We flew to Washington and stayed at a Holiday Inn where PC did some training. Susan and I arrived on July 5 and other PCTs arrived until noon on the 6th. We learned that we would be SA24, the 24th group to go to South Africa. There were 60 invited, three dropped out before coming to Washington.
Our training was largely a summary of PC policies and a brief overview of the training we would receive in SA. We did several “ice breaker” activities that introduced us to the other PCTs. I thought I would be the oldest person there and I may be, but one man and one woman, not a couple, might be older. Susan and I make one of three couples in our SA24 group. Beside my rival for “most experienced male”, there are two women approximately our age, a man about 50, several in their 30’s and the remaining PCTs are in their 20’s with the majority recent college graduates. Quite a few of them only graduated this spring.
On Thursday we flew to Atlanta and caught a Delta flight to O.R. Tambo International Airport between Johannesburg and Pretoria. It was a long flight, 15 ½ hours, and everyone was excited with the anticipation of being in SA. The PCT’s ranged from those who had never been out of the USA before to some very well-traveled young people. We arrived at Tambo, went easily through customs, and were met at the gate by the Country Director and a number of her staff. We loaded our luggage into the luggage bays on the bus and into a pickup and attached trailer as there was more luggage than the bus could carry. PC was well prepared for this.
We took about a three hour ride to a small college outside of Rustenburg. The college was not in session and thus there were dorm rooms available. They put all the married couples together in one building in single rooms. All buildings had bathrooms with showers down the hall. We arrived at Rustenburg about 10:00 pm. We were greeted by the “Language and Culture Facilitators”, LCFs, who sang to us as we disembarked. It was African style music with a lead singer who started and sang each verse as the others picked up the same. Several of the singers had professional quality voices and we were to be treated to many songs through the training. It was so beautiful it brought tears to my eyes. We then had welcoming, introductions, and these were followed by a late supper. We carried our luggage to our rooms and slept until 6:00 am. We were warned not to take very long showers as there were only about 35 gallon hot water heaters. The showers were to be one of our last luxuries.
Breakfast the next day was at 7:00 followed by classes and immunizations. Immunizations continued from time to time for the next month and a half. Some days we received two shots. If something can be caught in SA and if there is an immunization, we have had it. I think microbes now flee as we walk down the street.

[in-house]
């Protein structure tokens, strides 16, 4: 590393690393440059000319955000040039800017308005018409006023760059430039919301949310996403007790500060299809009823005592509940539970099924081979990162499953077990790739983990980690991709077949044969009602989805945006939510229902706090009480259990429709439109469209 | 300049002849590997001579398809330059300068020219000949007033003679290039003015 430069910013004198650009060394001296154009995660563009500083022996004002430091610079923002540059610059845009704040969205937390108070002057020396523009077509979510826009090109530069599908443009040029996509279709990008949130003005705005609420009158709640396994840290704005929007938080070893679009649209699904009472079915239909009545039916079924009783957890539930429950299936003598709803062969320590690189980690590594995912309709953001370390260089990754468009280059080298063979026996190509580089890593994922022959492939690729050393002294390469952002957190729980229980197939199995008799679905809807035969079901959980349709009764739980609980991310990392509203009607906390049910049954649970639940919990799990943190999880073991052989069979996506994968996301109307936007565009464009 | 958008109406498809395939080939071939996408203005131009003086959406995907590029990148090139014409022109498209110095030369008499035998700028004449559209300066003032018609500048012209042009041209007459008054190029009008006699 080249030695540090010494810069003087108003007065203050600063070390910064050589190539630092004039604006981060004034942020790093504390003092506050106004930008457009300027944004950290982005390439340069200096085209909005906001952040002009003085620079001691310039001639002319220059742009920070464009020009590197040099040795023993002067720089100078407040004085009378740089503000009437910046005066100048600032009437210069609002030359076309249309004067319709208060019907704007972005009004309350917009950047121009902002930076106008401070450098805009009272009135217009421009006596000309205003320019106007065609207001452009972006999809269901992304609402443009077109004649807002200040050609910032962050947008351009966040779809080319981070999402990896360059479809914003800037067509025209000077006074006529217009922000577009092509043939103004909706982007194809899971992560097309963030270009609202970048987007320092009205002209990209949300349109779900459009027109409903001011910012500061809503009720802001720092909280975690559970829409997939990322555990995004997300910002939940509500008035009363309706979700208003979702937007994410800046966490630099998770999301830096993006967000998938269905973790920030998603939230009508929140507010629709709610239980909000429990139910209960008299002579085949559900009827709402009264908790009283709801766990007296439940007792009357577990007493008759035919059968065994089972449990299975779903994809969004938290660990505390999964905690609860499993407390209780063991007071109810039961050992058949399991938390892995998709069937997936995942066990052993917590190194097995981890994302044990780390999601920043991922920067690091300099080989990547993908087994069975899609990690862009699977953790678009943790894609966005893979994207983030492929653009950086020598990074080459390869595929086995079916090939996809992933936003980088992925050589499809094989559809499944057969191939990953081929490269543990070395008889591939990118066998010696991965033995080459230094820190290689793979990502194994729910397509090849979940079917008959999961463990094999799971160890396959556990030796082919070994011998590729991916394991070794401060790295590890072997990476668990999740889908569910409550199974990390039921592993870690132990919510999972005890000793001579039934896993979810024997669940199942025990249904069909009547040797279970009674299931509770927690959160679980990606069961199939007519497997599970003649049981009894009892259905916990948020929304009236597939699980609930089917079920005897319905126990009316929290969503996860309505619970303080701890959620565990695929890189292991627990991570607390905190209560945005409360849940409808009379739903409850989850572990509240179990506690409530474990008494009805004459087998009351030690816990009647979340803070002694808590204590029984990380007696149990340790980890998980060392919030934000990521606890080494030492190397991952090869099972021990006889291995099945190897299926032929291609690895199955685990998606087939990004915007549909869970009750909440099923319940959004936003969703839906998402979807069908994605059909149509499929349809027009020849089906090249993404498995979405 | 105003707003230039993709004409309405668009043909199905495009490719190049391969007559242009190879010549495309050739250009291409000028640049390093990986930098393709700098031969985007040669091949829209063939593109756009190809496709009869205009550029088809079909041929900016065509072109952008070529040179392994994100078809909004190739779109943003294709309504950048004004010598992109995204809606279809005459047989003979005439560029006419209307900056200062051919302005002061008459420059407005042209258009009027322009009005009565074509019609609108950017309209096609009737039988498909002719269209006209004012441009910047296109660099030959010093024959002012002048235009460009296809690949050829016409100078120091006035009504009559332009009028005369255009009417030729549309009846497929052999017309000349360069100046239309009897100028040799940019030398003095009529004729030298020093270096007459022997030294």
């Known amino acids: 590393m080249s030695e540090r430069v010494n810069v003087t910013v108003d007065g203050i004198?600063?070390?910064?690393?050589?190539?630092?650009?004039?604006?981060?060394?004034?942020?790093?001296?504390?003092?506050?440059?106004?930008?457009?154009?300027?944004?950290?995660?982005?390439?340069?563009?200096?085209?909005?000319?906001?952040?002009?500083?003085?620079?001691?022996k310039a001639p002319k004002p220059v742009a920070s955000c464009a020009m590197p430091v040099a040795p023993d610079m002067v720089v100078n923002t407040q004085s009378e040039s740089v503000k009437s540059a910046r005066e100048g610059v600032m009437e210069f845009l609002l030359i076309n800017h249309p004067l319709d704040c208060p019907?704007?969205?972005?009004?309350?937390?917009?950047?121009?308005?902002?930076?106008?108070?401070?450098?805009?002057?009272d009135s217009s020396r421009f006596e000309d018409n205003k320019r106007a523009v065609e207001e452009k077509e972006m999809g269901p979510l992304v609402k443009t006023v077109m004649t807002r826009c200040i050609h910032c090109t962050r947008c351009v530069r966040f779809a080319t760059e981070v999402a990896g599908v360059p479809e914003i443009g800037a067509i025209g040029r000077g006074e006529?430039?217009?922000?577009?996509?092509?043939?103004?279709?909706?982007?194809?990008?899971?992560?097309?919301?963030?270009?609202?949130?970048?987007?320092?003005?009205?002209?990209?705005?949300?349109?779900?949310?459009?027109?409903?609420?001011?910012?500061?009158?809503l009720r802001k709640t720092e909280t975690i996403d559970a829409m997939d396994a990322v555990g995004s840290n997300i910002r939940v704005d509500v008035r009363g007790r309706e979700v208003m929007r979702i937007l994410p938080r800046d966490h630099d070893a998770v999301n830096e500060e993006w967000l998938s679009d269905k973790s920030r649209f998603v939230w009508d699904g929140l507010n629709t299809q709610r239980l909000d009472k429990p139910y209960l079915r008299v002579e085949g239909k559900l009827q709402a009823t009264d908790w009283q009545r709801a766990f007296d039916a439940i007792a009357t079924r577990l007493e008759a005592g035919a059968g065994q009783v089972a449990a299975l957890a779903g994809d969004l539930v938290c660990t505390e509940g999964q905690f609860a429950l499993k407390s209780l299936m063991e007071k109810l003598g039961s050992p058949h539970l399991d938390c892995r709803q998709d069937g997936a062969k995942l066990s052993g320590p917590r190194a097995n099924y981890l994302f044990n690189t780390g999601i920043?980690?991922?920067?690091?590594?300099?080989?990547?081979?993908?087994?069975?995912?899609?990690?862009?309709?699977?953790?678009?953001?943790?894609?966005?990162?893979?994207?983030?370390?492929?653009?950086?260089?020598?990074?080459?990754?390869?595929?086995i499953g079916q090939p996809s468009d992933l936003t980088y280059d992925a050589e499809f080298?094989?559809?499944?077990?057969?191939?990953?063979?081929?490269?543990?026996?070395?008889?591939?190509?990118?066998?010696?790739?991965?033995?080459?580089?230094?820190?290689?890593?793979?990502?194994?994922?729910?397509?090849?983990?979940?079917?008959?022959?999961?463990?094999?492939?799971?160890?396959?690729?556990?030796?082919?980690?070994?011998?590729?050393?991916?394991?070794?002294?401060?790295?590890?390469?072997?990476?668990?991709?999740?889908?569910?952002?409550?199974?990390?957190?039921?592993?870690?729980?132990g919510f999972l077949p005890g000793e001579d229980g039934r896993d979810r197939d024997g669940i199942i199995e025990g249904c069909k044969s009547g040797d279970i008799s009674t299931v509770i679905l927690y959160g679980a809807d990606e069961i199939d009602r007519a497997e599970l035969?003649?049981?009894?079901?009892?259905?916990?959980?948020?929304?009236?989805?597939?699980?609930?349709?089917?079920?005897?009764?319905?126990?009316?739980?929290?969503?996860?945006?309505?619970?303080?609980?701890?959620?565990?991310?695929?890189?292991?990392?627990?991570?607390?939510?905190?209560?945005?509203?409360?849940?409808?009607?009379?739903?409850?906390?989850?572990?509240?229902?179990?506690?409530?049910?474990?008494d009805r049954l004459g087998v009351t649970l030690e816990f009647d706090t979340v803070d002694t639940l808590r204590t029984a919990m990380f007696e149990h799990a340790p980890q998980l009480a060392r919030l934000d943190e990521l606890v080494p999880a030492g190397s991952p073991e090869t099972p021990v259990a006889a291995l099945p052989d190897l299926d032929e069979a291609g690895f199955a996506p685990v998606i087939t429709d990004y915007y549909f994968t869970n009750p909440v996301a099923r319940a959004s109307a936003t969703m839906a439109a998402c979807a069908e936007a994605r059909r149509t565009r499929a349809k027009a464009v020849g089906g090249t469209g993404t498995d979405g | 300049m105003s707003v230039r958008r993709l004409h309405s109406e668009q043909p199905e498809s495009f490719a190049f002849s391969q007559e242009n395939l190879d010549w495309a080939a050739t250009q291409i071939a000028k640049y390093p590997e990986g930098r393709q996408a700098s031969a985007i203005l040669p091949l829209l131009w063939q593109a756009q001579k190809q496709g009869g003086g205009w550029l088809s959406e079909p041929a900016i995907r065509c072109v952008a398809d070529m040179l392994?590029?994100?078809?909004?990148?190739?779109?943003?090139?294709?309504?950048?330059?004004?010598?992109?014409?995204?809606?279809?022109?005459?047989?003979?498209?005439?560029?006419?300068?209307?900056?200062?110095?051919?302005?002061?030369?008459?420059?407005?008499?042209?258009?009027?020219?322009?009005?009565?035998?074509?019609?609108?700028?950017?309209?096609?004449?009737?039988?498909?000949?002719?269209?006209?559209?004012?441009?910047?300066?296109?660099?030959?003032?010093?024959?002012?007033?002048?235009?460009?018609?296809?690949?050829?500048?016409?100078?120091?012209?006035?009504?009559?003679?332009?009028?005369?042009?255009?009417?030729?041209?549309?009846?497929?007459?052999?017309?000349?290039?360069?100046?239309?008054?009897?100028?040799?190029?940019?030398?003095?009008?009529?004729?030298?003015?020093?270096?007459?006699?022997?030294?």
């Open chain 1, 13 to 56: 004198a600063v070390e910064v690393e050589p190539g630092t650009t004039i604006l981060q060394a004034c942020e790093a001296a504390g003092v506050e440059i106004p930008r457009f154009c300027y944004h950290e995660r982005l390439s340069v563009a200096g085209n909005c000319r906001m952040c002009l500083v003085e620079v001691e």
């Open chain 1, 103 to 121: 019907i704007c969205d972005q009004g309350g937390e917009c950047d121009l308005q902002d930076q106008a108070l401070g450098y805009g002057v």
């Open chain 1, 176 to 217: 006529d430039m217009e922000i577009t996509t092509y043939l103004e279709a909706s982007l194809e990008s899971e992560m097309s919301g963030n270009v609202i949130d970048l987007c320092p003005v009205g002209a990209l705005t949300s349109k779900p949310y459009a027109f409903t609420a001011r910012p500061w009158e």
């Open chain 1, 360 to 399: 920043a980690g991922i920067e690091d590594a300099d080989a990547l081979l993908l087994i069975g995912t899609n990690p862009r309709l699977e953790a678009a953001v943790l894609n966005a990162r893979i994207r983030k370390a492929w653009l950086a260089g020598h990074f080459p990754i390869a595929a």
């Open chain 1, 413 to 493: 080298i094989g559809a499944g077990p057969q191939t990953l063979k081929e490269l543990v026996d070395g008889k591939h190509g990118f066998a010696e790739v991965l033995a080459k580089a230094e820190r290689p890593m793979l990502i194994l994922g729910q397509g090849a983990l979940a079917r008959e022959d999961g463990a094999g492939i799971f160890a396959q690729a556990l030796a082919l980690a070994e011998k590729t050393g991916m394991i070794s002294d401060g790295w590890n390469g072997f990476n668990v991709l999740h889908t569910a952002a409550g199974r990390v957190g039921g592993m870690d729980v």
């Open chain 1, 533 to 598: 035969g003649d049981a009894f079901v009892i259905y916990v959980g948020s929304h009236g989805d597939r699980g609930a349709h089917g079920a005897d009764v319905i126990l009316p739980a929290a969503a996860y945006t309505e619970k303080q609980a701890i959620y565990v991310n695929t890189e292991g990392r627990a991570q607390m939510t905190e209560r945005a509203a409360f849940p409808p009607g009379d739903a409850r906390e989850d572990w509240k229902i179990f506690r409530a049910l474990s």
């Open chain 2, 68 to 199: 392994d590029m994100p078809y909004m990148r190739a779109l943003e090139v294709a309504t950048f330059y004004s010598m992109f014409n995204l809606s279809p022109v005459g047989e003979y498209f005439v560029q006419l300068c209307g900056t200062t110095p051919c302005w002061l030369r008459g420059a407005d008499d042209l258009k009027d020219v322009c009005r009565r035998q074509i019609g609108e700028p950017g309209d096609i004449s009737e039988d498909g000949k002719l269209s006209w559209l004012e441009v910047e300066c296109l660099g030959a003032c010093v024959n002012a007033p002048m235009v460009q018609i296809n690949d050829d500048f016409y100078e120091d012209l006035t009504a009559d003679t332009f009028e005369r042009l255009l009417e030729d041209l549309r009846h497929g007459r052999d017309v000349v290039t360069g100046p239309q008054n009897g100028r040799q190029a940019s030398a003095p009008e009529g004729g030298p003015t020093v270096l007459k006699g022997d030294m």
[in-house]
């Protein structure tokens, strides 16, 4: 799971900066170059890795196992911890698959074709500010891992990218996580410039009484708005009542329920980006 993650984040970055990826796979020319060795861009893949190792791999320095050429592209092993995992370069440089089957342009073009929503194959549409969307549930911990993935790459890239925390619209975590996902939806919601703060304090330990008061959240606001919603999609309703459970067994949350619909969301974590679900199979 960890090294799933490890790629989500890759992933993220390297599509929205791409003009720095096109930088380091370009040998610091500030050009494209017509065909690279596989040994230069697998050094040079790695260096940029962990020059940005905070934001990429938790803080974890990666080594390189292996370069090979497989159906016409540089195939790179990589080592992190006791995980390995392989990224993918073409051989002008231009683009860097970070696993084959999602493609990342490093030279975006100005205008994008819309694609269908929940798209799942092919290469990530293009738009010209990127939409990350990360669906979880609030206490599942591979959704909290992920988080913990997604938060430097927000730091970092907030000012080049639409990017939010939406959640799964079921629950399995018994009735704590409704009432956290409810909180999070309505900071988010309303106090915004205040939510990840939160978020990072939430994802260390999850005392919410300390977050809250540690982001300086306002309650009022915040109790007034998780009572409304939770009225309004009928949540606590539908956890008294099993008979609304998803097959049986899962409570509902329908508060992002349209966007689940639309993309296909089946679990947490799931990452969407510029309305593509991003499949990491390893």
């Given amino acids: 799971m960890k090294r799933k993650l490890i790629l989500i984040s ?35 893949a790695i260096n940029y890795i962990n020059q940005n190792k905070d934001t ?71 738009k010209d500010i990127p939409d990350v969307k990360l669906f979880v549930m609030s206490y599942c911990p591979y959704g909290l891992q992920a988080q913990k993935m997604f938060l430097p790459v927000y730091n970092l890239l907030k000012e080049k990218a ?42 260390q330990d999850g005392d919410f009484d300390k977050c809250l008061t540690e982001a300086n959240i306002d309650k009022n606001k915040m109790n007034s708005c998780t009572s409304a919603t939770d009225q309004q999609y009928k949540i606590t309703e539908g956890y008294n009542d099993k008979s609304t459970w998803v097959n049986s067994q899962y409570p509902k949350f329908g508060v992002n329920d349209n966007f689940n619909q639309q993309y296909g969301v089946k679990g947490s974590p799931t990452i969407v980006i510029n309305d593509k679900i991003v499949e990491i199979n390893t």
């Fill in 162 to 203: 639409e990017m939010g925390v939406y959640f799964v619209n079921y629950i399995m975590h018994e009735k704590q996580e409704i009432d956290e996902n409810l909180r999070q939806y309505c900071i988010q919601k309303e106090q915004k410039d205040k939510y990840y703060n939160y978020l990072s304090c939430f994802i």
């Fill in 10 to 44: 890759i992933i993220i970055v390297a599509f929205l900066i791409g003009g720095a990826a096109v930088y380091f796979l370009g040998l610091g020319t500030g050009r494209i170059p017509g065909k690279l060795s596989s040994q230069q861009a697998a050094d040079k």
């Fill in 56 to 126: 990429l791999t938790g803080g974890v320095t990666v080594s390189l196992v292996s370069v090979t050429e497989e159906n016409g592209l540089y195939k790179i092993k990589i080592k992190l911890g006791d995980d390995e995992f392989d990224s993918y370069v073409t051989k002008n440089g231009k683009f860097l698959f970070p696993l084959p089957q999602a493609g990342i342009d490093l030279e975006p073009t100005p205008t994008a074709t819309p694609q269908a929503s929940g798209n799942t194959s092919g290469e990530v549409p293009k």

Classes were about Peace Corps Policy and Languages. There are 11 official languages in SA. SA24 will be placed in areas that speak Setswana, Sepedi, Xitsonga, Tshivenda and Afrikaans. We all learned greetings in each of these languages. I should say we all studied those greetings. Later we learned which language each of us would concentrate on and most of us seem to have forgotten the greetings in the other languages. We did learn the pronunciation of the greetings and I feel that I could get it back quickly should I need it.
A word about greetings and culture: In the U.S., time is important. In SA, relationships are important. In the rural areas we will be in, it is important to greet each person one encounters. This is to be done even if it makes you late for work or a meeting. Almost all of us have had one or more persons say, “Why did you not speak to me?” It’s about relationships here. Why this is so becomes understandable when one realizes how dependent one can be on neighbors and friends in a rural community. If your water supply fails, you get water from your neighbor. The same goes for food, medicine, travel, and help in any emergency.
We stayed at the college for four days and then moved to another town where we were quartered in local residents’ homes. Classes then were at a mixture of local schools, in each other’s houses, or, for general sessions, at a closed college. We take mini buses or Kumbis when the distance is more than a mile or two. A taxi is a 14 passenger van [I was in one where there were 19 of us in the 14 passenger Kumbi. I was crowded but happy for the ride.] These vans travel the paved roads in appropriate hours and pick up all along their routes. A local ride is 6 Rand, R6.00. A half hour ride to the mall, about 15 miles is R11.00 each way. The rand has varied against the dollar since we have been here from R6.78 to R7.24 to a dollar.